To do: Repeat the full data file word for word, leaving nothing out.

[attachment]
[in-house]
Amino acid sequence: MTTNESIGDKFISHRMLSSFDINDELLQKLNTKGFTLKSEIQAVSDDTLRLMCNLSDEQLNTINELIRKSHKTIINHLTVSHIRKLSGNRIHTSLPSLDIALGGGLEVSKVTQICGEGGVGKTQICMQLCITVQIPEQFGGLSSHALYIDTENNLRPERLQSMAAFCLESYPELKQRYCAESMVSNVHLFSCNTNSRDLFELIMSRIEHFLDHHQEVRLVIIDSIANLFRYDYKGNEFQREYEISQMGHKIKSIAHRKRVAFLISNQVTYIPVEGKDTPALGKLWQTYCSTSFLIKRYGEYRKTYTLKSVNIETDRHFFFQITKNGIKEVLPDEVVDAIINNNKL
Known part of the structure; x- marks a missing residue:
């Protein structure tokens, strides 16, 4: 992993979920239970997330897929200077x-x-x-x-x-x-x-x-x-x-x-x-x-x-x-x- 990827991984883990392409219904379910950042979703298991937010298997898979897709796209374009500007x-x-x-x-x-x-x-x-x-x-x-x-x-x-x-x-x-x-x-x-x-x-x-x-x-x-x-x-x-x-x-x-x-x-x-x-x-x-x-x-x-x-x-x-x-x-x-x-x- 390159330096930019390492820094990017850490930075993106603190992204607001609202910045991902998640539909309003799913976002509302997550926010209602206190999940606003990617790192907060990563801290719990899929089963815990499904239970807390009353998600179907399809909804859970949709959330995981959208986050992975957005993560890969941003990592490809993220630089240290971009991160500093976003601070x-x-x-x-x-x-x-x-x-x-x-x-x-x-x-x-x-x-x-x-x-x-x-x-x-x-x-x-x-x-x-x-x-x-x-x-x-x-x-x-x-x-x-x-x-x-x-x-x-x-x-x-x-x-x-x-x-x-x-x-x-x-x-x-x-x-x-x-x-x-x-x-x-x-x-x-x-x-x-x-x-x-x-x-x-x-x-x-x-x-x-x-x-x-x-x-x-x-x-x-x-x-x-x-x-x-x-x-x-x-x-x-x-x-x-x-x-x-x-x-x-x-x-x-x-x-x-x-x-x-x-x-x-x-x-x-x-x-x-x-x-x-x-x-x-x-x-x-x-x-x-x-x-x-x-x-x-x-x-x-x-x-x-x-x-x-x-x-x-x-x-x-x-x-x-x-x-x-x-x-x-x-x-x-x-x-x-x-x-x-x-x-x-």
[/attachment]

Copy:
[in-house]
Amino acid sequence: MTTNESIGDKFISHRMLSSFDINDELLQKLNTKGFTLKSEIQAVSDDTLRLMCNLSDEQLNTINELIRKSHKTIINHLTVSHIRKLSGNRIHTSLPSLDIALGGGLEVSKVTQICGEGGVGKTQICMQLCITVQIPEQFGGLSSHALYIDTENNLRPERLQSMAAFCLESYPELKQRYCAESMVSNVHLFSCNTNSRDLFELIMSRIEHFLDHHQEVRLVIIDSIANLFRYDYKGNEFQREYEISQMGHKIKSIAHRKRVAFLISNQVTYIPVEGKDTPALGKLWQTYCSTSFLIKRYGEYRKTYTLKSVNIETDRHFFFQITKNGIKEVLPDEVVDAIINNNKL
Known part of the structure; x- marks a missing residue:
């Protein structure tokens, strides 16, 4: 992993979920239970997330897929200077x-x-x-x-x-x-x-x-x-x-x-x-x-x-x-x- 990827991984883990392409219904379910950042979703298991937010298997898979897709796209374009500007x-x-x-x-x-x-x-x-x-x-x-x-x-x-x-x-x-x-x-x-x-x-x-x-x-x-x-x-x-x-x-x-x-x-x-x-x-x-x-x-x-x-x-x-x-x-x-x-x- 390159330096930019390492820094990017850490930075993106603190992204607001609202910045991902998640539909309003799913976002509302997550926010209602206190999940606003990617790192907060990563801290719990899929089963815990499904239970807390009353998600179907399809909804859970949709959330995981959208986050992975957005993560890969941003990592490809993220630089240290971009991160500093976003601070x-x-x-x-x-x-x-x-x-x-x-x-x-x-x-x-x-x-x-x-x-x-x-x-x-x-x-x-x-x-x-x-x-x-x-x-x-x-x-x-x-x-x-x-x-x-x-x-x-x-x-x-x-x-x-x-x-x-x-x-x-x-x-x-x-x-x-x-x-x-x-x-x-x-x-x-x-x-x-x-x-x-x-x-x-x-x-x-x-x-x-x-x-x-x-x-x-x-x-x-x-x-x-x-x-x-x-x-x-x-x-x-x-x-x-x-x-x-x-x-x-x-x-x-x-x-x-x-x-x-x-x-x-x-x-x-x-x-x-x-x-x-x-x-x-x-x-x-x-x-x-x-x-x-x-x-x-x-x-x-x-x-x-x-x-x-x-x-x-x-x-x-x-x-x-x-x-x-x-x-x-x-x-x-x-x-x-x-x-x-x-x-x-």